Tommy Baldwin Racing; Dave Blaney & J.J. Yeley (No. 7 Chevy & No. 36 Golden Corral Chevy): Blaney has shown himself in the past to be an excellent plate racer, but this time around, he never cracked the top 15 and came home as the last car on the lead lap in 25th. Yeley finished 28th, in the lead pack but also a lap behind. If this track were an intermediate, it would be a fairly solid day for the organization. Instead, it was a struggle; they need to capitalize on the equalizer of plate racing and grab some better finishes. After all, Blaney was top 5 with TBR in this plate race back in 2011.
Germain Racing; Casey Mears (No. 13 GEICO Ford): Talladega must give this team nightmares. They run well. They lead laps. And then… they get wrecked. For the third time in a row at Talladega, Mears got collected in something not of his doing and had his day ended in a wad of torn-up metal. The veteran is an excellent plate racer, and the team is the best of this group right now, but neither of those could salvage the day when yet another last-lap crash stole a good finish out from under them. 27th place has to sting a little, because the No. 13 Ford was a top-10 car. Mears was inside the top 20 with fewer than 10 laps to go once Austin Dillon got turned in front of him; Mears had nowhere to go. He took a hard hit but was treated and released from the infield care center.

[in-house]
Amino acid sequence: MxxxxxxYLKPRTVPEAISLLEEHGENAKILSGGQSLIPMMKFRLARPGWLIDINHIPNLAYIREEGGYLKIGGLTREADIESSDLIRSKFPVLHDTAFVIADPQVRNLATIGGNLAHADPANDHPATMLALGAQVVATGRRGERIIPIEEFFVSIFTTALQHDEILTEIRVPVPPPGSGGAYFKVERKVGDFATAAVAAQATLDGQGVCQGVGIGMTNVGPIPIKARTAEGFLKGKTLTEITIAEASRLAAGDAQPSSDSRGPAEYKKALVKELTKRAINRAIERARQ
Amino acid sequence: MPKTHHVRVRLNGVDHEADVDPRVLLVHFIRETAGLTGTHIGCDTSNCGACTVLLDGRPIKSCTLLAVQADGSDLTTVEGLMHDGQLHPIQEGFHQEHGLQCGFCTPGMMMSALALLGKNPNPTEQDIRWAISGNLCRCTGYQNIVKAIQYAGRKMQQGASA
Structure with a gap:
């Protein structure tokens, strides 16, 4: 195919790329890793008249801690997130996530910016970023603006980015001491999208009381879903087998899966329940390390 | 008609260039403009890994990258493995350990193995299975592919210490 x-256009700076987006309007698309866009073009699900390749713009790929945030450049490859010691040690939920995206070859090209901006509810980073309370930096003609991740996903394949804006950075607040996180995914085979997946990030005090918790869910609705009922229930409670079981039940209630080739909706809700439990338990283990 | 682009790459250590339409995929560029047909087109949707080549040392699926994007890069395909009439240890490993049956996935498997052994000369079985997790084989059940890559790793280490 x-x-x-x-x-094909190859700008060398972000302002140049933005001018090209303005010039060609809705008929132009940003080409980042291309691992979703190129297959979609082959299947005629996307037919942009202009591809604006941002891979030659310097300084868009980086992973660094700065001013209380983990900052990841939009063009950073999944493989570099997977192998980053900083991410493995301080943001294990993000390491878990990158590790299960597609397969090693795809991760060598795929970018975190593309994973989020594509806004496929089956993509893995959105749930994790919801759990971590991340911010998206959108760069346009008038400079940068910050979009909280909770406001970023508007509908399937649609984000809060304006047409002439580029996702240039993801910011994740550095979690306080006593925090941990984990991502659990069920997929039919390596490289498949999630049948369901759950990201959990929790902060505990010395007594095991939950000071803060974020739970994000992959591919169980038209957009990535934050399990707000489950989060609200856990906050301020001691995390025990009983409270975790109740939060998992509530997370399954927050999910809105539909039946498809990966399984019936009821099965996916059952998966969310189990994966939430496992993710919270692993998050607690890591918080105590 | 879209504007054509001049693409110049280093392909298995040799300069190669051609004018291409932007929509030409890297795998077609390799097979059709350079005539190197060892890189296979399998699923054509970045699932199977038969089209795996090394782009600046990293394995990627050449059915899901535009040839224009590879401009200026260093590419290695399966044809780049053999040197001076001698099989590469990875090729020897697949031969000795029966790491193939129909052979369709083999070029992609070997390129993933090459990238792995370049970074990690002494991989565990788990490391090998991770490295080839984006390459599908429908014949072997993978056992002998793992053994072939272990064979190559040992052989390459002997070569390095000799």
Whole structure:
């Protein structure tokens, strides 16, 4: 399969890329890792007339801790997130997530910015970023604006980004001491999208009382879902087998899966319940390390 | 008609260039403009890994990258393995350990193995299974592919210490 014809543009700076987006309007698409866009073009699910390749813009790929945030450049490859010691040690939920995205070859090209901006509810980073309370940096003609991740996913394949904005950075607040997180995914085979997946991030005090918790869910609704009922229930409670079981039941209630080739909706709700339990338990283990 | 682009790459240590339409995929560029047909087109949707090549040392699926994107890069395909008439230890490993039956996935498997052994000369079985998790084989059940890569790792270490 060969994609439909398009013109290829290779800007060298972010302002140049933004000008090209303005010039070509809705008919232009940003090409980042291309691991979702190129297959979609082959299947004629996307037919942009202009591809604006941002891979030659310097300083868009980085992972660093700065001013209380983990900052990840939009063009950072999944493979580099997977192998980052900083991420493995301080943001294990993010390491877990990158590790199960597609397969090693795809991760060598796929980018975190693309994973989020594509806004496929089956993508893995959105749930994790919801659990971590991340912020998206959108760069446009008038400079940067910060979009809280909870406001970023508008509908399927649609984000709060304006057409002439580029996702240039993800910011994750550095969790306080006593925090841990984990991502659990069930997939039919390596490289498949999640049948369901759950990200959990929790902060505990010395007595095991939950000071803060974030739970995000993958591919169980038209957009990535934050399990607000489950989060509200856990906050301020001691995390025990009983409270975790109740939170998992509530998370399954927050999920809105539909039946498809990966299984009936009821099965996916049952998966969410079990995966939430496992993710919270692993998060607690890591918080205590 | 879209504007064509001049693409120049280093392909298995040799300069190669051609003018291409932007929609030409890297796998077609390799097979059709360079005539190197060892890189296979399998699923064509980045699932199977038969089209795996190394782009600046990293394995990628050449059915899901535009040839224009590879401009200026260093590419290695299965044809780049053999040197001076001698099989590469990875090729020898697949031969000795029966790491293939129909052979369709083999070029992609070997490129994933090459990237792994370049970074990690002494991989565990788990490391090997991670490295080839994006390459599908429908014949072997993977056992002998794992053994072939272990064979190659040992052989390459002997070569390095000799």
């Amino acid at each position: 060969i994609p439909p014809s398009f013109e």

Swan Racing; Cole Whitt (No. 30 Black Clover Toyota): Whitt didn’t have a disastrous day, but overall, it had to be disappointing for his team to finish a lap down in 31st after posting a 12th-place finish in the Spring race with David Stremme. This team is doing things right, and improvement is happening, but they missed an opportunity this week.
JTG-Daugherty Racing; Bobby Labonte (No. 47 Scott Products Toyota): An unusual number of drivers wound up a lap down in ‘Dega, and Labonte was one of them, finishing 34th. Two pit road speeding penalties doomed his day, the second incurred when he dove down for a pass through penalty to serve his first. It’s been that kind of season for the 49-year-old, still seeking a full-time ride on the Cup level for 2014.
FAS Lane Racing; Terry Labonte (No. 32 C&J Energy Ford): The elder Labonte finished one spot behind his kid brother this week (and has it really been so long since calling Bobby Terry’s kid brother was almost a literal interpretation?) This team is weak, even among the others in its group, and there need to be some changes somewhere if Frank Stoddard wants to be viable long-term.
Circle Sport Racing; Landon Cassill & Tony Raines (No. 33 ARC Acquired TMone Chevy & No. 40 Interstate Moving Services Chevrolet): Mechanical woes meant a long day to endure for both Circle Sport teams. Cassill ran well early, racing in the top 15, but fuel pickup issues late in the race brought him limping to the pits as the laps wound down and led to a 37th-place finish. Raines made just two circuits before his engine went south and sent him to the showers in dead last.
NEMCO Motorsports; Joe Nemechek (No. 87 Toyota): Nemechek is a very good plate racer… but his engine wasn’t. Nemechek retired after 60 laps when the powerplant gave up the ghost, beating only Raines in the final tally.